Manifestos should also be about patience and resolve. Rahul Dholakia’s Parzania (2005) and Kunal Kohli’s Fanaa (2006), films of two completely different genres and calibres were both banned in Gujarat. And yet, not one step was taken to sit people down and evolve consensus on where the line should be drawn between cinematic justice and humanitarianism. Recent examples would show even more intolerance. Prakash Jha’s Aarakshan (2011) found itself embroiled in political controversy for no reason. Sensitive and thought provoking, the film had very little intent to target any minority group or those concerned with them. A sole screening by authorities could have put things right.

Kamal Hassan’s latest outing, but of course takes the cake. The film that’s supposed to have offended Islamic sensibilities and ‘caused social disharmony in the state’ has the protagonist playing a Muslim, who pretty much saves the world. Why such passivity in sorting things and making sure the film released on time? Surely, the guy who’s given four decades of his life to the country’s entertainment industry deserves as much. Surely, anyone who puts together a piece of work for public exhibition and gets embroiled in controversy, unfair or otherwise, deserves that kind of attention and action.

I understand if people from the academia question Deepa Mehta’s interpretation of homosexuality in Fire, because they probably have a reason to. But those protesting against Vishwaroopam’s release had no idea what they were talking about. Isn’t the ministry that’s supposed to ‘formulate rules and regulations regarding information, broadcasting, press and films’ also supposed to balance public sentiment with artistic freedom?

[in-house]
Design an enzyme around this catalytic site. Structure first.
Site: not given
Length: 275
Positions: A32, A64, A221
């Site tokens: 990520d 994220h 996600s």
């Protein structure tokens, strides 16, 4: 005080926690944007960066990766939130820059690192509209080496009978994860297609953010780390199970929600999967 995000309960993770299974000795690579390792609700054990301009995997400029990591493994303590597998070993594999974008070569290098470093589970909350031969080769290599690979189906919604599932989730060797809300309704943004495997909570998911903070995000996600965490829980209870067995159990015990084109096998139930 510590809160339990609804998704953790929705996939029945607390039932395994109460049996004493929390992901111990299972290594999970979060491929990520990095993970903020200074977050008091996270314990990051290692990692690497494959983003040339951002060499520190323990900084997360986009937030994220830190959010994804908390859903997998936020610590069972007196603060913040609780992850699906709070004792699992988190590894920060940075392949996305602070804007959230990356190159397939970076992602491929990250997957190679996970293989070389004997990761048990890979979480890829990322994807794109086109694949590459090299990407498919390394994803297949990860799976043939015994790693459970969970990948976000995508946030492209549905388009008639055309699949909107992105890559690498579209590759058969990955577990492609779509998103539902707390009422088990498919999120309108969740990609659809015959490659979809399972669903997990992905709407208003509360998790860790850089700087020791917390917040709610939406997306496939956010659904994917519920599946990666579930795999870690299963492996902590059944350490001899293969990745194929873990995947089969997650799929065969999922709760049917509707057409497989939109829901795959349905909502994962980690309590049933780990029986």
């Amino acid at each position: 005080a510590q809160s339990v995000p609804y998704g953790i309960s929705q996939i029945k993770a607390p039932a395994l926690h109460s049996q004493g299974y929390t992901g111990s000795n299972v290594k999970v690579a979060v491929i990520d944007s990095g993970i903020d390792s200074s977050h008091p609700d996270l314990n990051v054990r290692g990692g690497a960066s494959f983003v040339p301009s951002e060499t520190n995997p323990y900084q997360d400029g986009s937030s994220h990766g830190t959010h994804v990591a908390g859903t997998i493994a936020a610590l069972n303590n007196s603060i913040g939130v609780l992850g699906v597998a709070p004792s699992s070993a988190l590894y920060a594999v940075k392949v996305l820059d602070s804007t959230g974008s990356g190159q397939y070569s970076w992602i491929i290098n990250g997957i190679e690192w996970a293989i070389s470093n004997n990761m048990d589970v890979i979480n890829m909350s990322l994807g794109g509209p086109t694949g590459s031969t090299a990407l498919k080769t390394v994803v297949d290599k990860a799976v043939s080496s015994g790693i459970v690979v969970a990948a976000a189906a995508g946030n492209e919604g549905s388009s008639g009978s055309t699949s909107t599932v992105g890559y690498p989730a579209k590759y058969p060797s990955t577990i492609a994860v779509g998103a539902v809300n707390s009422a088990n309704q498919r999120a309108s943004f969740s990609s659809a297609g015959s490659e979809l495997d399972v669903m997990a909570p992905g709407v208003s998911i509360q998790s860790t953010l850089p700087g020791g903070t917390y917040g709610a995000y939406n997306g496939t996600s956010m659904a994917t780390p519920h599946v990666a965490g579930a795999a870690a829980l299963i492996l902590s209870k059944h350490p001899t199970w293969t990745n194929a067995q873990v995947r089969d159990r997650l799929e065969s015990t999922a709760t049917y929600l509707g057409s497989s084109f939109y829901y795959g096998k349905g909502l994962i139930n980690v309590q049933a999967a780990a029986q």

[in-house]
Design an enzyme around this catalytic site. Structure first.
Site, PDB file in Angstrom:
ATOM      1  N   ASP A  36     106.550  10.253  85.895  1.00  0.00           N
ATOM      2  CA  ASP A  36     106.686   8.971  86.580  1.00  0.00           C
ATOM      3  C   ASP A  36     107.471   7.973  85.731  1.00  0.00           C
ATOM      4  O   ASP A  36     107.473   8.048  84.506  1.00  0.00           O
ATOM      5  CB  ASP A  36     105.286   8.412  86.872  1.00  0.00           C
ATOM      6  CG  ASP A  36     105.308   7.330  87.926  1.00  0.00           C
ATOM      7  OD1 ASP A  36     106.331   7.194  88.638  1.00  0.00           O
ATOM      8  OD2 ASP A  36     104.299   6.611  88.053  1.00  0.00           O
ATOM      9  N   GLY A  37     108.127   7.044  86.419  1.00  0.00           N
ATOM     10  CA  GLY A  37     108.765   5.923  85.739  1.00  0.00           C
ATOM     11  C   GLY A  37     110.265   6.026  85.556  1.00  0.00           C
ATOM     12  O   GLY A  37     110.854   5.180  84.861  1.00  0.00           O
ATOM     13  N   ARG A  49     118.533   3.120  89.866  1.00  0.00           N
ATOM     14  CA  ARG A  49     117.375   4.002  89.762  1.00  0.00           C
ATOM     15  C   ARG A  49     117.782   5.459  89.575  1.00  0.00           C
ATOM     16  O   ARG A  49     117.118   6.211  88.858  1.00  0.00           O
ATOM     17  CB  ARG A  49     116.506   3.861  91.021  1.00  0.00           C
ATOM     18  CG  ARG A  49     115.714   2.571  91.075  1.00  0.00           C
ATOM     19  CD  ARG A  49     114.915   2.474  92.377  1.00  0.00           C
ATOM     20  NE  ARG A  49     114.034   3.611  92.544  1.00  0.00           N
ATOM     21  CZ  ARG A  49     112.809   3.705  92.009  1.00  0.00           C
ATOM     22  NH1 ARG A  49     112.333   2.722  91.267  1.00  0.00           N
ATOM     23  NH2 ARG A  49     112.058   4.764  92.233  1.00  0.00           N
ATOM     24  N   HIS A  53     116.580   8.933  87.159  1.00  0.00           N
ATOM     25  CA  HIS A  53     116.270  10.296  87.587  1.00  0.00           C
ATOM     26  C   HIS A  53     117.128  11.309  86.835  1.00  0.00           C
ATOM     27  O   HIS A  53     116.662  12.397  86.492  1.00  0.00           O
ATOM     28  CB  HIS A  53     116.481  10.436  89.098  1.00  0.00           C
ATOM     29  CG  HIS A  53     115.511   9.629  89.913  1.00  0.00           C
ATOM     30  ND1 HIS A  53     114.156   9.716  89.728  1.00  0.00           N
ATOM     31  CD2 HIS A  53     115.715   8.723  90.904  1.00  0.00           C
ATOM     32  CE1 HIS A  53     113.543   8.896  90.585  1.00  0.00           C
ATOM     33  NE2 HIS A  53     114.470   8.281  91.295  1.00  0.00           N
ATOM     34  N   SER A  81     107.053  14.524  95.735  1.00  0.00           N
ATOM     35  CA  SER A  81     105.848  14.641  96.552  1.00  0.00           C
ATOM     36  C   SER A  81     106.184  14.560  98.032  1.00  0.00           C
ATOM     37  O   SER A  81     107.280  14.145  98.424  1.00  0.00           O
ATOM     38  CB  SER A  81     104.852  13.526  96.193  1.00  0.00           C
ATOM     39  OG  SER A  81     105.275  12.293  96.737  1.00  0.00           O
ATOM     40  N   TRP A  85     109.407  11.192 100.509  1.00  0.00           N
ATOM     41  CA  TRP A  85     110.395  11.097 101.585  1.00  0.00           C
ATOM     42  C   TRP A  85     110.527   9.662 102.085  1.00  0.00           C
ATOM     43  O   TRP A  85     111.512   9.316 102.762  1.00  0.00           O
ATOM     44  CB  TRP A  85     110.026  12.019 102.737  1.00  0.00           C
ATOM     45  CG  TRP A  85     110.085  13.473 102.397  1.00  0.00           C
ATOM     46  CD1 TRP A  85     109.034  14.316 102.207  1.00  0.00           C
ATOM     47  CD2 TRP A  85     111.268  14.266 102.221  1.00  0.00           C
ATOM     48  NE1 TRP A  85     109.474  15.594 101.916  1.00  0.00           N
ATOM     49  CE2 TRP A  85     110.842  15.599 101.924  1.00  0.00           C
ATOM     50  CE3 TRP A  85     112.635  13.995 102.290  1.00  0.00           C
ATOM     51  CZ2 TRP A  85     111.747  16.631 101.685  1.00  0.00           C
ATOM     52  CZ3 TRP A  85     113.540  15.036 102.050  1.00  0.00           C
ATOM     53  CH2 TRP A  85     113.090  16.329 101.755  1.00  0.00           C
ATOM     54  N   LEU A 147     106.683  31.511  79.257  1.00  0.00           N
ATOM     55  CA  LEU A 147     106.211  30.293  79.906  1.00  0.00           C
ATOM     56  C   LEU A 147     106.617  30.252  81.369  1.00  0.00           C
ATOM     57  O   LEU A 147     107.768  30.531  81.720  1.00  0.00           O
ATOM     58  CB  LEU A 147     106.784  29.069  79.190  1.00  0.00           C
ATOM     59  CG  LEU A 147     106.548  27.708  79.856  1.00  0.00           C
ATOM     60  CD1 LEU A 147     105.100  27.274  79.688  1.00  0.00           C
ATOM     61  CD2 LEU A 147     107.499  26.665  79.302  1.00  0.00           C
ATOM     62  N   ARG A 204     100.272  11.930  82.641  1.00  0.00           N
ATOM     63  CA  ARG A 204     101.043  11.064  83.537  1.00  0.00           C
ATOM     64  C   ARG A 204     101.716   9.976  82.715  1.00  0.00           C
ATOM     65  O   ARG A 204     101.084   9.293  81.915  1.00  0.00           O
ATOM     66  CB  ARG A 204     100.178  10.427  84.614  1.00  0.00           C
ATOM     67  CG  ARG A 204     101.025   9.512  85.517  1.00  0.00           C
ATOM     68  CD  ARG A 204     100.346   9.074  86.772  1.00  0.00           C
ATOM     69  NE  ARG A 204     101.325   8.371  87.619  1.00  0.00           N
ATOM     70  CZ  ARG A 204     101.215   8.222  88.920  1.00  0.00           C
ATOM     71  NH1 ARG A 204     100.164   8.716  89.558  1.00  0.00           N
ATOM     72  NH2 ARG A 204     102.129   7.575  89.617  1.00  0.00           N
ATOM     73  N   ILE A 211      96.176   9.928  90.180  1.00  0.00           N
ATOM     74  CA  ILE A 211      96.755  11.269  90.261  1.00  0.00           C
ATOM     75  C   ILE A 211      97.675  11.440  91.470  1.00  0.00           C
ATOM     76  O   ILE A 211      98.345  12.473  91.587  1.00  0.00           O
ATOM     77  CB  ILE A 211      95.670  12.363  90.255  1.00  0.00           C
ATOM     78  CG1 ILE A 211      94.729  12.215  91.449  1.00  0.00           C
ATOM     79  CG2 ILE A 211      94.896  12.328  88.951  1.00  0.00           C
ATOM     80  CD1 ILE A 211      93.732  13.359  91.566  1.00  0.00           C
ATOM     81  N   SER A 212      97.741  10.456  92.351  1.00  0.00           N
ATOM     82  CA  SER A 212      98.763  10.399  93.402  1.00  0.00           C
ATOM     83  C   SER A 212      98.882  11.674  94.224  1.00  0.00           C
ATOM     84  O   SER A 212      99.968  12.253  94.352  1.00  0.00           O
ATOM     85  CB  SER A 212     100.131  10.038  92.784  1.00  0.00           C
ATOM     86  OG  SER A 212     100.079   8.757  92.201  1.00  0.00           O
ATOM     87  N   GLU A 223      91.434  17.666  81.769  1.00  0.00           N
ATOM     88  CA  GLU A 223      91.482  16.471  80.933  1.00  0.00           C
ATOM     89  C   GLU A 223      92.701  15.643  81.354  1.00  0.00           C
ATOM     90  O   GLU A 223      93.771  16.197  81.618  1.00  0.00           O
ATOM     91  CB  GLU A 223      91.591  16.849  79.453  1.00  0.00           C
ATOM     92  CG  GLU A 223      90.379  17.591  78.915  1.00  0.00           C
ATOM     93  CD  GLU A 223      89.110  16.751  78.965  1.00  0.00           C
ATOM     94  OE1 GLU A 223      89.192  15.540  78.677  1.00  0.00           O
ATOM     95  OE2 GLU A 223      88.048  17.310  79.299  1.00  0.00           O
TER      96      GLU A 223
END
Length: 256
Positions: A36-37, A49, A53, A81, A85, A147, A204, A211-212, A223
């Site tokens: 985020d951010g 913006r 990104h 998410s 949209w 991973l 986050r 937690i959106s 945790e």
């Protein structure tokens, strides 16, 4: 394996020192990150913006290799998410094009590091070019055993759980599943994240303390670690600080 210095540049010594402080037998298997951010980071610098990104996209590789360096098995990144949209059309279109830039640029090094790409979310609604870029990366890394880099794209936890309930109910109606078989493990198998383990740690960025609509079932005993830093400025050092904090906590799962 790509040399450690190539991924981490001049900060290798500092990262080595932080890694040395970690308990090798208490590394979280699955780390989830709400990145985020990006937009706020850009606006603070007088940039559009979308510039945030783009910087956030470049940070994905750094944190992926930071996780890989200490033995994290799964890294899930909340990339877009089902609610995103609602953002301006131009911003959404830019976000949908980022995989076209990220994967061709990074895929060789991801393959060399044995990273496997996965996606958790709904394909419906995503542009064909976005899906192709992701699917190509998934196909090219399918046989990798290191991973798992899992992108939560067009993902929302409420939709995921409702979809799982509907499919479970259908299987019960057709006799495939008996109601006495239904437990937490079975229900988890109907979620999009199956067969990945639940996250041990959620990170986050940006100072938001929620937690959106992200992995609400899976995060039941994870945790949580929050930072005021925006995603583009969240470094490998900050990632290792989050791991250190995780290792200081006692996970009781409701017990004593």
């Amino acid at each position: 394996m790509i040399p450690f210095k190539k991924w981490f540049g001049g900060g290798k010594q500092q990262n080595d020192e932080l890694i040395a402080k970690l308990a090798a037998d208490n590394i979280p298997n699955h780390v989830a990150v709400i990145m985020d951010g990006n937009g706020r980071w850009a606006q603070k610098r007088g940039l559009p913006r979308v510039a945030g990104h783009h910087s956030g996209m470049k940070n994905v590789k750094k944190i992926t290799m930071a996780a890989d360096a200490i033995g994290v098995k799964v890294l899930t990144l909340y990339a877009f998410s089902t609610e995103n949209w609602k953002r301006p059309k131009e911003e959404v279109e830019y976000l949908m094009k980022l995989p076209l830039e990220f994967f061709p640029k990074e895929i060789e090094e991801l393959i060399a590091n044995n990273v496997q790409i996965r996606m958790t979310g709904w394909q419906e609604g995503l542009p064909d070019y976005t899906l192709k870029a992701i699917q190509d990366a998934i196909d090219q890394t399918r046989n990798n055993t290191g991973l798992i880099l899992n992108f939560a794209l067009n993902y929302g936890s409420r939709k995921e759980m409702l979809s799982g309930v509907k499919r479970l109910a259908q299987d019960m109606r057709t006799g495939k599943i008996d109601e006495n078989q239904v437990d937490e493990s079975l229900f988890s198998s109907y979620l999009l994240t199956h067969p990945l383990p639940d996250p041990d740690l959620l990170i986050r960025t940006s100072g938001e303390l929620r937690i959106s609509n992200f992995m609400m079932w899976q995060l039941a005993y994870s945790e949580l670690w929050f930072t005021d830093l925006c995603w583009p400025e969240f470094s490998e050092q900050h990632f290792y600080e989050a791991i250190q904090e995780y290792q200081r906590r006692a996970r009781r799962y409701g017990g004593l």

It’s not about who’s right or wrong, but whether both have equal right to tell their side of the story. I’m not saying people’s grievances should be shot down. We live in a democracy, and we shall always have the right to speak our mind. The need is to facilitate dialogue, not impose sanctions. Give the artist/writer/filmmaker a chance to explain himself. Give the ones who feel they’ve been wronged, the opportunity to view his work. Stop looking for solutions all the time, try finding answers to questions. If a group feels offended, banning the film or stalling its release will not put things right. Mediating discourse will. If there’s something genuinely wrong with the content, it’ll help prevent the production of similar content henceforth. And if not, it might just help the concerned group gain a different understanding of right and wrong.

We need to start trusting our reasoning instincts. Our ‘unmanifestos’ should focus on our tendency to not try and bring things under control. Art is just one aspect of life. The mother needs to put her foot down before the brat goes beyond the store to create havoc in the world.

This article is a part of the 5th space series on Youth Ki Awaaz. 5th Space is an initiative to facilitate young people to expand beyond the typical 4 spaces of career-edu, family, friends and leisure by exploring the 5th space, a journey from self to society and back